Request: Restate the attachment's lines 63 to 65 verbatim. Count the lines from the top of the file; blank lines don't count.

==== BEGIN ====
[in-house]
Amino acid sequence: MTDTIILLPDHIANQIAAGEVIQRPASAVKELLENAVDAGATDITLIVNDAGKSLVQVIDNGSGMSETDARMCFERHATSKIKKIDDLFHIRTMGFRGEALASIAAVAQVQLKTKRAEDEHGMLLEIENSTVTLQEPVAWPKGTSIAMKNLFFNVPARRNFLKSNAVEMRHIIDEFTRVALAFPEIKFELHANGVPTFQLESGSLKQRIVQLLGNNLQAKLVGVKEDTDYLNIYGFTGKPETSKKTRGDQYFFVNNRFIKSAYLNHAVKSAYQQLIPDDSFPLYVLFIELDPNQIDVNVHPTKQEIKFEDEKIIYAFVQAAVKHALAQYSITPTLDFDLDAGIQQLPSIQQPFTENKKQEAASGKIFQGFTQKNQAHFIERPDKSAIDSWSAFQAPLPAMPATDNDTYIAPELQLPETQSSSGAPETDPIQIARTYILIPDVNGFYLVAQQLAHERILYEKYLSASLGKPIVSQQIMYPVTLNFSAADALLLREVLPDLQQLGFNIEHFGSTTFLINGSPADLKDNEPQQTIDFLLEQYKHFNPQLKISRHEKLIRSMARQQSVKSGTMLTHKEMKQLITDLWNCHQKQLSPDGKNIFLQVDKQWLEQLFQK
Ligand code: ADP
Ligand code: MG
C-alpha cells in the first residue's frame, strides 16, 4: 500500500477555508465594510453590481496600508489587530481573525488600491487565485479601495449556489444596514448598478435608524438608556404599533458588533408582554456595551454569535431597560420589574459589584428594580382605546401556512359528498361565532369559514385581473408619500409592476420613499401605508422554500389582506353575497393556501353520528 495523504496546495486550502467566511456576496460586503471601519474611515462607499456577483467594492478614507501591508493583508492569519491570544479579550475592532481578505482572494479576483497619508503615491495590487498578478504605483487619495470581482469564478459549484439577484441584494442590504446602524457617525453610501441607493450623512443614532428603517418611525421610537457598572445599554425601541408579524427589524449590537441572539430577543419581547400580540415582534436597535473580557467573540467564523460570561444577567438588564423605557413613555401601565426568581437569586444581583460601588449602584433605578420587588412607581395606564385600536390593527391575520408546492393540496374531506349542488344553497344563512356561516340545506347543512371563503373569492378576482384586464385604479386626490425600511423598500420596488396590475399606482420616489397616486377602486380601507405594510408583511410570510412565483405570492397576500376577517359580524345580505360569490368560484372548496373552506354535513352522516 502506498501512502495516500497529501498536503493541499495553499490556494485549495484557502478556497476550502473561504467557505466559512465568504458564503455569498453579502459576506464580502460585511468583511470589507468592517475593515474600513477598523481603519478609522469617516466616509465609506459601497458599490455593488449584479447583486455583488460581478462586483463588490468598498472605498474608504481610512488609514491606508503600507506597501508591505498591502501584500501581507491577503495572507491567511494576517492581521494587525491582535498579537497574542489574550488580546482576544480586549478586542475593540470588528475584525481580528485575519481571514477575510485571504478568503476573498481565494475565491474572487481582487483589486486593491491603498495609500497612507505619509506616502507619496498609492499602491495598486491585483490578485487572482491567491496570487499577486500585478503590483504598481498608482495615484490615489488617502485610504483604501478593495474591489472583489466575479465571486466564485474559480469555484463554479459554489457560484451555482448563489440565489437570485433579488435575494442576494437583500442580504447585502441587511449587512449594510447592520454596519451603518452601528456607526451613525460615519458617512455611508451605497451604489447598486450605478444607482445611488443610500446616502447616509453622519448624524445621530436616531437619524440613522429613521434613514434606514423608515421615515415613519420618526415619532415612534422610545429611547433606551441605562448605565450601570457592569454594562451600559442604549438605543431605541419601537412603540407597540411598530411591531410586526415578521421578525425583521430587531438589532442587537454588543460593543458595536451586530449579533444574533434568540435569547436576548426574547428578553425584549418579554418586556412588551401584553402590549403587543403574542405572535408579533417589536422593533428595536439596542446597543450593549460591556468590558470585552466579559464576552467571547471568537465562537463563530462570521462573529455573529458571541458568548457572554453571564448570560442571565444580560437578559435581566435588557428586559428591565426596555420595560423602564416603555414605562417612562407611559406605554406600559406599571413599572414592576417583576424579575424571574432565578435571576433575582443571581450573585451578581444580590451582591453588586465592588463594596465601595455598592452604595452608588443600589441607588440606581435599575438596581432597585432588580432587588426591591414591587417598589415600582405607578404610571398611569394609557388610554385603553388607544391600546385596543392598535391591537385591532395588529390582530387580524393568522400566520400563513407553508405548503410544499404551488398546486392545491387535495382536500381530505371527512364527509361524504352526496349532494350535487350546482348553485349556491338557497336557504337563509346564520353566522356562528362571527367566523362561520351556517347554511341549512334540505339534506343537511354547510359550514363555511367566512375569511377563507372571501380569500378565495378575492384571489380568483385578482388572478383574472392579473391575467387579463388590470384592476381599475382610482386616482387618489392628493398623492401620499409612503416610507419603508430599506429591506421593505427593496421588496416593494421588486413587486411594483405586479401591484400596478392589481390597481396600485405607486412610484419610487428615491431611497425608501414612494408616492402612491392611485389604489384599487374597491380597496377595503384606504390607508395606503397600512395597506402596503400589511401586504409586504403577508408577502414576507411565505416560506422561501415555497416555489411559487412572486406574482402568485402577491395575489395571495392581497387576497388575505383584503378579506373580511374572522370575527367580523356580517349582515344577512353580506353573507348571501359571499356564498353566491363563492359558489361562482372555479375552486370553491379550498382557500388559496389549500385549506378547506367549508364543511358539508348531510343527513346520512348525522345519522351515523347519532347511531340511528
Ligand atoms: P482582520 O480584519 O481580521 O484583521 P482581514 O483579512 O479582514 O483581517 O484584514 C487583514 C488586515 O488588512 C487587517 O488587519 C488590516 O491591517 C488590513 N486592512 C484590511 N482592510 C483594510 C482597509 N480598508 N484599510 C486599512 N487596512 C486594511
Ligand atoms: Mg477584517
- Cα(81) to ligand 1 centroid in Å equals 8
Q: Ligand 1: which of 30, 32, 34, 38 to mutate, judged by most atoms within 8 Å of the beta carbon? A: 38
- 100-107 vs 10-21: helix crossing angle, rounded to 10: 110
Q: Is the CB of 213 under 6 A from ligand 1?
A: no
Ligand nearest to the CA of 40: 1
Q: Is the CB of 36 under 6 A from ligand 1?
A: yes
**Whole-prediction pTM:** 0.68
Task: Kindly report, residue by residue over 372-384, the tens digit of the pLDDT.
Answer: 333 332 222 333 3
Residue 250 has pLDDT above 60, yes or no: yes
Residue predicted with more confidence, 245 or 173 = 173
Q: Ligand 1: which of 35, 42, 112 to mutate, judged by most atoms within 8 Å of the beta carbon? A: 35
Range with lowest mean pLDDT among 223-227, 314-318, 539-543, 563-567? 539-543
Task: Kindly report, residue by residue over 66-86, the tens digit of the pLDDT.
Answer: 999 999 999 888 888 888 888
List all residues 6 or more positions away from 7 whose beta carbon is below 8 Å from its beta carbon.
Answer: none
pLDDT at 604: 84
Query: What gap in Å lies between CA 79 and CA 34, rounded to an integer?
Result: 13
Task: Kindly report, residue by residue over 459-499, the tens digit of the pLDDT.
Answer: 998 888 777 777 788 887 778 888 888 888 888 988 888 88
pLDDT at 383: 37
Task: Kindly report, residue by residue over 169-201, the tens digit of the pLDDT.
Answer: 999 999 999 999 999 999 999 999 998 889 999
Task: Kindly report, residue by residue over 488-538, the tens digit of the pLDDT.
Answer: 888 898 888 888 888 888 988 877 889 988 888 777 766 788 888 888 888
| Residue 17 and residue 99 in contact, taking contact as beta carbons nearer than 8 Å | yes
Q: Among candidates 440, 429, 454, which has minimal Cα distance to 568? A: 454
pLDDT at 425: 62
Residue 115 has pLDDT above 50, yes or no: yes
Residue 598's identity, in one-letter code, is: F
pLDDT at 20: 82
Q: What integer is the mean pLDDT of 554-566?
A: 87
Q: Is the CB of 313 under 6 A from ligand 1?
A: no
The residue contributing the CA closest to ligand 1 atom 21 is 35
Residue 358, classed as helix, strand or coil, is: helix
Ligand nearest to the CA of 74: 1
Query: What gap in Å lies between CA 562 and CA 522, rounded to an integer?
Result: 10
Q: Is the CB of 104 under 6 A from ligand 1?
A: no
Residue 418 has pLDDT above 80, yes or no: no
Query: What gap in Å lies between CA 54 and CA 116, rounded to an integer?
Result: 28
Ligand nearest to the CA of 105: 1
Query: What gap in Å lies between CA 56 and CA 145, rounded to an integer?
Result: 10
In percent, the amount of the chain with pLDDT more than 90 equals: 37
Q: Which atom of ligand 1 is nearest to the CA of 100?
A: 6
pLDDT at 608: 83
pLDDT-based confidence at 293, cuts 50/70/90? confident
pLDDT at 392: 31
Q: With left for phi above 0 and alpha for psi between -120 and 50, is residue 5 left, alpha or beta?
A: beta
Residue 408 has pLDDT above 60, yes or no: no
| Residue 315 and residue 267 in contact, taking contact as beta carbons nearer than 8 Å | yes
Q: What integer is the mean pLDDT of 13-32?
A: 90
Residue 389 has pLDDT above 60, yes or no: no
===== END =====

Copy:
pLDDT at 608: 83
pLDDT-based confidence at 293, cuts 50/70/90? confident
pLDDT at 392: 31